For anyone involved in K12 CS education, the past few years have been a wild ride. When I first tried to make inroads in the DOE decades ago I couldn't get through the door. Now, CS Education is everyone's darling. It's really amazing. It's been a combination of grass roots efforts by teachers, non profit education efforts such as TEALS, advocacy of groups like Code.org and amazing individuals like Fred Wilson who has probably done more to move the needle of CS Ed in NY than any other 10 people combined.
While everyone agrees that to do CS education right at the K12 level we need great teachers and lots of them, everyone also knows that teachers voices are often unheard. The voices with the greatest weight belong to the large non-profits, principals, superintendents and local politicians.
Today's post is a plea to those with voices to think about the effects of their advocacy for CS Ed to the greater education landscape.
I started thinking about this recently as I've been developing the CS teacher certification programs for Hunter College. As I spoke to people across the nation I found that many of the efforts to developing teacher certification are what I call the "you take it you teach it" model. You take an abbreviated version of APCS-A and APCS-P and you're a certified CS teacher. Just about every real educator feels that this is ludicrous. Some feel that this can be a first step - get these credentials to get in the door and then you have three to five years to really learn your subject and craft. I'm good with that but I have a problem with anyone who says "you take it you teach it" is good enough and I've heard of a number of regions that are seriously considering it.
Why is this so bad and, I'd argue, dangerous? Not merely because we'll end up with substandard CS teachers for the foreseeable future but also because it undermines the teaching profession as a whole.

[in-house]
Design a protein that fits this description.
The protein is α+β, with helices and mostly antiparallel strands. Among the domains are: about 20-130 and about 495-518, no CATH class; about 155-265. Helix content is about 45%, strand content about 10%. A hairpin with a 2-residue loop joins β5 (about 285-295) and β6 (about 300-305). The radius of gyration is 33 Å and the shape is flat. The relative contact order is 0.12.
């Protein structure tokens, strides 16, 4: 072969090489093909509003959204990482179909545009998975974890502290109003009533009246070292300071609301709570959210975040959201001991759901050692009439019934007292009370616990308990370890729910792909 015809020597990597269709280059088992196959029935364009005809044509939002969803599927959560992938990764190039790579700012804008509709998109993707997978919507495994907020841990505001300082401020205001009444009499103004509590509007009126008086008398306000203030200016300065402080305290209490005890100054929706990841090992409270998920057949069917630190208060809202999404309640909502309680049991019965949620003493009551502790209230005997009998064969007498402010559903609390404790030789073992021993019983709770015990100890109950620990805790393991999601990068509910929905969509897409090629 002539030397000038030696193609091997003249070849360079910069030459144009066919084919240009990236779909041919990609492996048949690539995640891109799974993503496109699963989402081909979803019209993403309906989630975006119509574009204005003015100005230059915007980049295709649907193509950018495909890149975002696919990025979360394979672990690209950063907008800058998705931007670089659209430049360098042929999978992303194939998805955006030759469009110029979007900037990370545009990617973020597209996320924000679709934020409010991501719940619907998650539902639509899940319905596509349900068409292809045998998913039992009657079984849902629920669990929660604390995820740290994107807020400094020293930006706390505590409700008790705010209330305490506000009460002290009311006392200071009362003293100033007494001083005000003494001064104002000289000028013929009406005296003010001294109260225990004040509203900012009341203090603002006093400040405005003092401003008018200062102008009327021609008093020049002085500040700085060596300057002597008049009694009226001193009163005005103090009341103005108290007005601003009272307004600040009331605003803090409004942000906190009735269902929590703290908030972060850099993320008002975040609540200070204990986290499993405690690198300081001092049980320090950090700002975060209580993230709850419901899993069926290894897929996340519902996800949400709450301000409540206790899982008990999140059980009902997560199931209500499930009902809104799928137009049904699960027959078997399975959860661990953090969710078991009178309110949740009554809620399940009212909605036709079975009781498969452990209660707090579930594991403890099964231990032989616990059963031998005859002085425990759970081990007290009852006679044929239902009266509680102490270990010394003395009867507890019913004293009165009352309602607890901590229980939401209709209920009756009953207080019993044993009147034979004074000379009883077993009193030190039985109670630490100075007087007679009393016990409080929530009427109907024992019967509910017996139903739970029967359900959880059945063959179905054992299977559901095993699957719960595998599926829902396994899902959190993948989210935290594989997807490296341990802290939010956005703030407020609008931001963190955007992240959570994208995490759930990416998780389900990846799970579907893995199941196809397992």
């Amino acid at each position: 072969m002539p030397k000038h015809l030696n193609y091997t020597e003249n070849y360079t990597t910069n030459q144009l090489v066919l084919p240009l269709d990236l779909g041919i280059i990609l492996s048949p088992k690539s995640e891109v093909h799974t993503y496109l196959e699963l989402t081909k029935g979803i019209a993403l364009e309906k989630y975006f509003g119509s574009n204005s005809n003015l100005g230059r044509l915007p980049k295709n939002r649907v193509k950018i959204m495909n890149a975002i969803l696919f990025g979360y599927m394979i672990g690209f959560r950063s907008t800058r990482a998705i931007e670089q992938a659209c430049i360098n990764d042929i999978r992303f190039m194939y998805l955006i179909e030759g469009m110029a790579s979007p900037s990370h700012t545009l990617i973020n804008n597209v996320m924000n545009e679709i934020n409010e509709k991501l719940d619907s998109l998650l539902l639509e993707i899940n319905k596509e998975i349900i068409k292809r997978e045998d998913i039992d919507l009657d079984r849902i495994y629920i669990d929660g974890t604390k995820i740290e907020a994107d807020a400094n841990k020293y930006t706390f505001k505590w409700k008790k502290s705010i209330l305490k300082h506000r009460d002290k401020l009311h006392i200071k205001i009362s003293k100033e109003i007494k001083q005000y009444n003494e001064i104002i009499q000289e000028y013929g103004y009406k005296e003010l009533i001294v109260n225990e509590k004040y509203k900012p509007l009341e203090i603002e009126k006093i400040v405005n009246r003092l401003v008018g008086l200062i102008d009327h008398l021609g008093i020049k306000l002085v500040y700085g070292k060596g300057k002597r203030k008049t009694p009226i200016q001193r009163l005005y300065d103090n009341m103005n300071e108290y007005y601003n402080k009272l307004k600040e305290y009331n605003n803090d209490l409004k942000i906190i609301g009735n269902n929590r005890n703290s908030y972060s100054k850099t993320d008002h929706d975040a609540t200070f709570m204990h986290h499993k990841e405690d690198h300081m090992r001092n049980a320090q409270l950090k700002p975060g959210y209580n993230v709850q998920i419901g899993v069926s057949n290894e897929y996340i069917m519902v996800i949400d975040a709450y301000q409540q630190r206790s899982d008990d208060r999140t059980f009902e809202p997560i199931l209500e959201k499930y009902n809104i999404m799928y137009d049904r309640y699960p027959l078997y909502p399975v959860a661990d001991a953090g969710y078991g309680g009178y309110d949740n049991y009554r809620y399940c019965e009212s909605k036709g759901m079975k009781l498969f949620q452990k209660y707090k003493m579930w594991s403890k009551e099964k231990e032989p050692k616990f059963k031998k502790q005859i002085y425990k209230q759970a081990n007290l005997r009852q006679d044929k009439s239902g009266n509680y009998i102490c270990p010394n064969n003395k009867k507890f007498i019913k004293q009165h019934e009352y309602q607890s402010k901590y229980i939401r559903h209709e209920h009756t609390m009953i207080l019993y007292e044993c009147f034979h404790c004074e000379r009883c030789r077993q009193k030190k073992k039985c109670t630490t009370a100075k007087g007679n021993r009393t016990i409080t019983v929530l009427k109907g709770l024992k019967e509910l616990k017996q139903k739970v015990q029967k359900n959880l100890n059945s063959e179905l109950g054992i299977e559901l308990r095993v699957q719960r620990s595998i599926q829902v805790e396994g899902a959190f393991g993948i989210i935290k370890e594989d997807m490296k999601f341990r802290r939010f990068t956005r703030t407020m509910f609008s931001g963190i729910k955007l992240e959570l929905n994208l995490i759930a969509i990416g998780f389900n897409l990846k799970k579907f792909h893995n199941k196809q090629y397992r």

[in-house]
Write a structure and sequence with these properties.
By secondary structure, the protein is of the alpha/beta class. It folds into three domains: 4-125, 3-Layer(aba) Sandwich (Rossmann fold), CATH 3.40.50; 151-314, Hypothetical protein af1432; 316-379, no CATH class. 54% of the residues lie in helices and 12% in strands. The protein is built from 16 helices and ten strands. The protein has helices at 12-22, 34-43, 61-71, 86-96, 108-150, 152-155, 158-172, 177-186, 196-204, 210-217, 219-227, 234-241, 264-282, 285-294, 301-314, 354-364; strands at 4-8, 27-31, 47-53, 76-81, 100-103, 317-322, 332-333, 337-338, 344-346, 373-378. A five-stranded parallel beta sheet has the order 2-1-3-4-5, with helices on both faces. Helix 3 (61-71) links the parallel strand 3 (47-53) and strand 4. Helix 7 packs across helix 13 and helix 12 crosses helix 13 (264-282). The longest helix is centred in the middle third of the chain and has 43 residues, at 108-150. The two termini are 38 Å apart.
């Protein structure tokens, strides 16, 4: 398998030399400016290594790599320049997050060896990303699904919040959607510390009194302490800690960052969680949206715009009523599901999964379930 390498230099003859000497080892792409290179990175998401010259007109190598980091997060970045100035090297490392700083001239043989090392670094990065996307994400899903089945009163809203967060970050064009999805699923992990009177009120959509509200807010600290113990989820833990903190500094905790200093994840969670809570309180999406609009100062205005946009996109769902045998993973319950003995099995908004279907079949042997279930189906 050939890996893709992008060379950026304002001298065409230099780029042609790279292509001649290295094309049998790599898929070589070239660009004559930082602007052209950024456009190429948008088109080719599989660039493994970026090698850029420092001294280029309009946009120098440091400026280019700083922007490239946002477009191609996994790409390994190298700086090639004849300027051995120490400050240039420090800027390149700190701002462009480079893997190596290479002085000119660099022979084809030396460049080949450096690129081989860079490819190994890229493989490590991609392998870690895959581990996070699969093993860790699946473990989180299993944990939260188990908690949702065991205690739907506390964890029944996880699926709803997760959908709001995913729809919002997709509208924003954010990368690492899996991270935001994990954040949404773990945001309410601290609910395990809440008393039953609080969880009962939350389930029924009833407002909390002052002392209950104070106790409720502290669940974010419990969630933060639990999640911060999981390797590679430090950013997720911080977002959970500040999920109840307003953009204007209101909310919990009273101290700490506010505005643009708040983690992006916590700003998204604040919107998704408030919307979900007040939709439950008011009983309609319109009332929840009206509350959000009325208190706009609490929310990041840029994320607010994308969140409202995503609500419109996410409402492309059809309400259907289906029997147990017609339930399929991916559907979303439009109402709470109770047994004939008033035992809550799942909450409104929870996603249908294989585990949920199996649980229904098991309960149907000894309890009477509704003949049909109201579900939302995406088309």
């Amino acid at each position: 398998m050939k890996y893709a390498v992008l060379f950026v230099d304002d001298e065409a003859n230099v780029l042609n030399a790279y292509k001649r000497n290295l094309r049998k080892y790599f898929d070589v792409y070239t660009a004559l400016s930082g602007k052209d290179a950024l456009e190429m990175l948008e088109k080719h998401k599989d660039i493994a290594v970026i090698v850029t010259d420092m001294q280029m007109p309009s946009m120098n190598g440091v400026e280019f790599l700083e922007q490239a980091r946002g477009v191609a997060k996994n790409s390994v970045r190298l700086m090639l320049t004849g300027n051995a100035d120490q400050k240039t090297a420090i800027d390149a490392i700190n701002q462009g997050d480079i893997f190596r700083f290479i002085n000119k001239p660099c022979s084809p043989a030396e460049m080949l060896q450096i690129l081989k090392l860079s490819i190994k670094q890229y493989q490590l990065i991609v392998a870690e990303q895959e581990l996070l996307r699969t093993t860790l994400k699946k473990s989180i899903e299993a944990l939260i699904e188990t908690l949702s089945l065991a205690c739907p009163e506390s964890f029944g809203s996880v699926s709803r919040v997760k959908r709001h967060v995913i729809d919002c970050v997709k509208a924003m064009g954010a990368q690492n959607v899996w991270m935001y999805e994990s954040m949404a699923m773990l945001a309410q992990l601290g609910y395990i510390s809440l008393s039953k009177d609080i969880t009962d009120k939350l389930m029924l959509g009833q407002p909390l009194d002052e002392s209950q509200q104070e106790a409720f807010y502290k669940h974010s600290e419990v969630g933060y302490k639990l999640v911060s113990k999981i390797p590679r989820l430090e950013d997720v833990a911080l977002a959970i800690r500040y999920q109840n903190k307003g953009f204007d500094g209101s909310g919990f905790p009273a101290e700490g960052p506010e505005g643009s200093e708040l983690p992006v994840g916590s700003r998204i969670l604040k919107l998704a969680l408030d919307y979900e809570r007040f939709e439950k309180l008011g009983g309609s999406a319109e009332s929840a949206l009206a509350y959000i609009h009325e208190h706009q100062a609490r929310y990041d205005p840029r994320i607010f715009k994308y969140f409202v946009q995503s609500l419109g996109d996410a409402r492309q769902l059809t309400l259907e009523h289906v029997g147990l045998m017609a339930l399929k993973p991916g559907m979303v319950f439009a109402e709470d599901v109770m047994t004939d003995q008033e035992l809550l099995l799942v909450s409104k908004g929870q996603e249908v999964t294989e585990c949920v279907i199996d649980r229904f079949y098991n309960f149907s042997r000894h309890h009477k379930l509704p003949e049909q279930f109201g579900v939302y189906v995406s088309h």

It's no secret that public education is under attack. A number of states including Wisconsin, Arizona, Oklahoma, New York and Michigan have considered relaxing the standards to become a teacher to address a teacher shortage. In their twisted logic, the politicians and "reformers" say that we can't find enough qualified teachers because we've made it an untenable career so let's lower standards. You can argue that any current state's requirements are overly cumbersome but that's another conversation.
When CS Educators say that all that's needed to teach CS is to sit in on a two week APCS institute is saying that to teach any subject you don't need content expertise. This is dangerous to education as a whole and when power players in the CS Ed movement don't speak up otherwise or even worse that the stance that "you take it you teach it" is OK, we're undermining teaching as a profession.
We need our heavy hitters to publicly and privately say that we need a short term entry into the profession but we absolutely need plans and pathways so that at the end of the day we have the best prepared teachers in our schools for CS and for all subjects.
Another issue is when as CS Educators we don't pay attention to the whole child. I was at a meeting of CSTA people from about thirty states a few years ago. Someone asked "how can we advocate for CS when the school might use it as an excuse to get rid of music?" Cameron Wilson, at the time a lobbyist for the ACM said something to the effect of "I'm not concerned with other subjects, my concern is getting CS into the schools." I get it, he was employed to stump CS but we have to remember that we're only a piece of the puzzle. We want a seat at the table but we have to make sure that the table is populated with everyone needed to provide a great education for our kids.
A final issue I'll mention here is how so many CS educators are so close to the College Board. It was very disturbing that so many CS Ed players were pushing for more students to take the APCS exam. Not the class, not some other CS class but the APCS exam. AP is an extremely controversial subject among teachers and many of us feel that too many kids take too many AP classes and certainly too many exams. Remember, the College Board is the organization that pushes things like the PSAT8/9 another meaningless but high stakes exam inflicted upon our kids at taxpayer expense. I understand that AP makes things easy - they have courses, curricula, etc. but we've given the college board an outsized influence on CS education and we're not paying attention to their outsized influence on education in general.
I'm just a small time teacher. I don't have a national voice. I'm urging those that do:
- Look into what's going on in greater education. Look at the way public education has been under attack and why.
- Look at the side affects of our choices - who we partner with and what policies we push.
We might not agree on the right path but everyone with a voice in CS Education should be having hard conversations about this and then strongly advocating for the positions they feel correct.